Zachary Obinna Enumah
Zachary was born in Columbus, GA and remained there throughout high school. From there, he attended Yale University, where he began to develop a deeper interest and investment in understanding healthcare disparities and inequalities. After receiving his degree in African studies, he remained in-house to pursue a Master's degree in African studies, where he focused on how Tanzanian refugee policy changed from the period of socialism (ujamaa) to neoliberalism. He also stayed in New Haven, CT for two years, during which he taught high school chemistry and biology. He is currently a medical student at Johns Hopkins School of Medicine in Baltimore, MD.
Project: "Navigating Neoplasms: An Investigation of Cancer Care and Referral Healthcare in Nyarugusu Refugee Camp, Kigoma, Tanzania"
January 15, 2017 - May 1, 2017
What does the Kean Fellowship mean to you?
The art of healing and care that is the task of the doctor requires an understanding of patients not as simply biological objects, but as full-bodied, social beings whose conditions emerge at the intersection of biological and social circumstances. Tropical medicine has been and continues to be a primary interest of mine given the unique nature and approach of disease control. More specifically, medicine in most tropical settings creates unique problem-spaces for practitioners and researchers. More specifically, my interests are primarily in cancer and cancer care in tropical settings, such as refugee camps. The Kean Fellowship is truly a privilege as it affords me the opportunity to pursue and develop a deeper sensibility of this aspect of medicine, how our understandings of disease and dimension intersect, and how these very intersectionalities might be applied in a tropical medicine setting.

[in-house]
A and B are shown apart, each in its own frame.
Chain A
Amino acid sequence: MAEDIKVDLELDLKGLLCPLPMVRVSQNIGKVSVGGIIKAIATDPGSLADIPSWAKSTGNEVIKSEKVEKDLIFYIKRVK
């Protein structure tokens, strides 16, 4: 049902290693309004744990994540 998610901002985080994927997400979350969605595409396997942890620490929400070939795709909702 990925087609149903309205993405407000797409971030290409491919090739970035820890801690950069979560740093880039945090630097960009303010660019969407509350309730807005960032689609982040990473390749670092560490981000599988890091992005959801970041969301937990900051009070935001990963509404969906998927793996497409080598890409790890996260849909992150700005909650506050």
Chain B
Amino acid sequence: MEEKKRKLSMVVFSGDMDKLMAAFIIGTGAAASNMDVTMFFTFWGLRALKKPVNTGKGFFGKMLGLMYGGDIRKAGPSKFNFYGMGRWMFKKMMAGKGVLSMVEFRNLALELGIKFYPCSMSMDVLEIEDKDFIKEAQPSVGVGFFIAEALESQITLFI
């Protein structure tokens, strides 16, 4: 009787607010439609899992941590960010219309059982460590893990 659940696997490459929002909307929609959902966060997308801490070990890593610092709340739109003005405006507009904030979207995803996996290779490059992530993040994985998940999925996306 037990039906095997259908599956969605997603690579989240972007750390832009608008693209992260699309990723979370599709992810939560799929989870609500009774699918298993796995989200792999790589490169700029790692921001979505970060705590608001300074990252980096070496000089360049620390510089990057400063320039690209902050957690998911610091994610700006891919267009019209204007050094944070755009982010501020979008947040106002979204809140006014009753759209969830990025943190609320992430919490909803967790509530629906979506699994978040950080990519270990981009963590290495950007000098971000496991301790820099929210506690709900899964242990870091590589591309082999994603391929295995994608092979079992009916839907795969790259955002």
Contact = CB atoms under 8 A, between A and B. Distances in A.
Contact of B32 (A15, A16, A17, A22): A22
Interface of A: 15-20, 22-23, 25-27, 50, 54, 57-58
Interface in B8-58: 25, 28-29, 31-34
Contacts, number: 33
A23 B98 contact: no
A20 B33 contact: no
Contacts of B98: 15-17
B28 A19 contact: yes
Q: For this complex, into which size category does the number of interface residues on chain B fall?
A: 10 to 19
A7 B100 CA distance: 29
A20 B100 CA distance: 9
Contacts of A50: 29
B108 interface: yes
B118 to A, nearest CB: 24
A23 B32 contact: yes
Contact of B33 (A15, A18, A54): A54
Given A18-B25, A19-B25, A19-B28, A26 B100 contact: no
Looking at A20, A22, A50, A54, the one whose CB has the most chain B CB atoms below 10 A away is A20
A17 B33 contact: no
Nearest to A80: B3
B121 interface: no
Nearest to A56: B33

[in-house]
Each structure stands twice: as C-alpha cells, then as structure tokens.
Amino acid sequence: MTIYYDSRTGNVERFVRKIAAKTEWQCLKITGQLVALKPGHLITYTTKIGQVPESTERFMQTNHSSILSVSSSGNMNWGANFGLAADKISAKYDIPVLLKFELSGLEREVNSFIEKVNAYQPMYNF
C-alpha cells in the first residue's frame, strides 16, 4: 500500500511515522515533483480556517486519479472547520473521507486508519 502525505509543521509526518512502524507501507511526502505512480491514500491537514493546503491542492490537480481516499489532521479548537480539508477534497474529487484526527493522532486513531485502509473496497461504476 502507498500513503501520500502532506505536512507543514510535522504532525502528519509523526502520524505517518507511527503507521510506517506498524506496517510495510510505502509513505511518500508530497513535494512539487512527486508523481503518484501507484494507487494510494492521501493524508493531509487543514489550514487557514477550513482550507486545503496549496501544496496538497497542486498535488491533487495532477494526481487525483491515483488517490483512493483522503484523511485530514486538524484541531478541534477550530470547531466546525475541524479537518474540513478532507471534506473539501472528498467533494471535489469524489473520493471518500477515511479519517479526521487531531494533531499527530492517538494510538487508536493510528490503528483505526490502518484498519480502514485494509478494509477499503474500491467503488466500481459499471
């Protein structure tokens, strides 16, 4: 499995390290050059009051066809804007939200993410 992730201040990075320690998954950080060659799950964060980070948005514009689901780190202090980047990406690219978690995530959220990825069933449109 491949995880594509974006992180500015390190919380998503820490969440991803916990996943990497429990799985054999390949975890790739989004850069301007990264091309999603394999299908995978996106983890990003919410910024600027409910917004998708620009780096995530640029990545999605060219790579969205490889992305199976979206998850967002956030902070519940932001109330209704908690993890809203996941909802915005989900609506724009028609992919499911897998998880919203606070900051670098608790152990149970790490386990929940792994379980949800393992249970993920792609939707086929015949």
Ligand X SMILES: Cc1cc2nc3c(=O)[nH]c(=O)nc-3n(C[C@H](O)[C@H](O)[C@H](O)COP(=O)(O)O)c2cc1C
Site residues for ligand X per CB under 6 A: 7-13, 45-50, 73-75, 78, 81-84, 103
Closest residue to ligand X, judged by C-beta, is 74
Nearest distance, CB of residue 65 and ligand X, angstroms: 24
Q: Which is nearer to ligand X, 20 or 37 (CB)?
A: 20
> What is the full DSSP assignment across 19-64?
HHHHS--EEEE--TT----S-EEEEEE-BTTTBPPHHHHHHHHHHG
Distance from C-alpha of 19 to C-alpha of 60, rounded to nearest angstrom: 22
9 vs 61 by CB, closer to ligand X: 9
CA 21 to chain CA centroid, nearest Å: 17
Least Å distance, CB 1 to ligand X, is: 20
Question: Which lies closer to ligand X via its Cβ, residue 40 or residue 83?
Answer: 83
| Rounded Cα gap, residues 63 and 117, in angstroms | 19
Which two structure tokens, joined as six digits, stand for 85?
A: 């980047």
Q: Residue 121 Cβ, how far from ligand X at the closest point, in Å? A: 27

What do you anticipate learning?
Non-communicable and chronic diseases are becoming major health burdens for countries and communities in tropical settings. While the focus in refugee camps, for example, has been on emergency humanitarian aid, protracted refugee situations necessitate nuanced solutions to healthcare. Durable solutions are necessary, and it is my hope that my research can add to the growing body of literature on caring for chronic diseases like cancer, or complex medical care in tropical and resource-poor settings.
What interests you about tropical medicine and what problems are you interested in solving?
To me, medicine provides a lens to view health at a biological level, but medicine is also fundamentally a social discipline, social in that the doctor-patient relationship, the precise relationship that enables pathological inquiry, also permits doctors to understand socio-economic, political and personal situations that contribute to ill-health. In the short term, I hope to continue research in refugee healthcare as I progress in my clinical training, and I truly believe these sorts of interactions (e.g., doctor-patient relationship, geo-politics, socioeconomics) occupy unique problem spaces in tropical settings. My hope is that this work will add to the growing body of literature on complex medical care in conflict and post-conflict settings.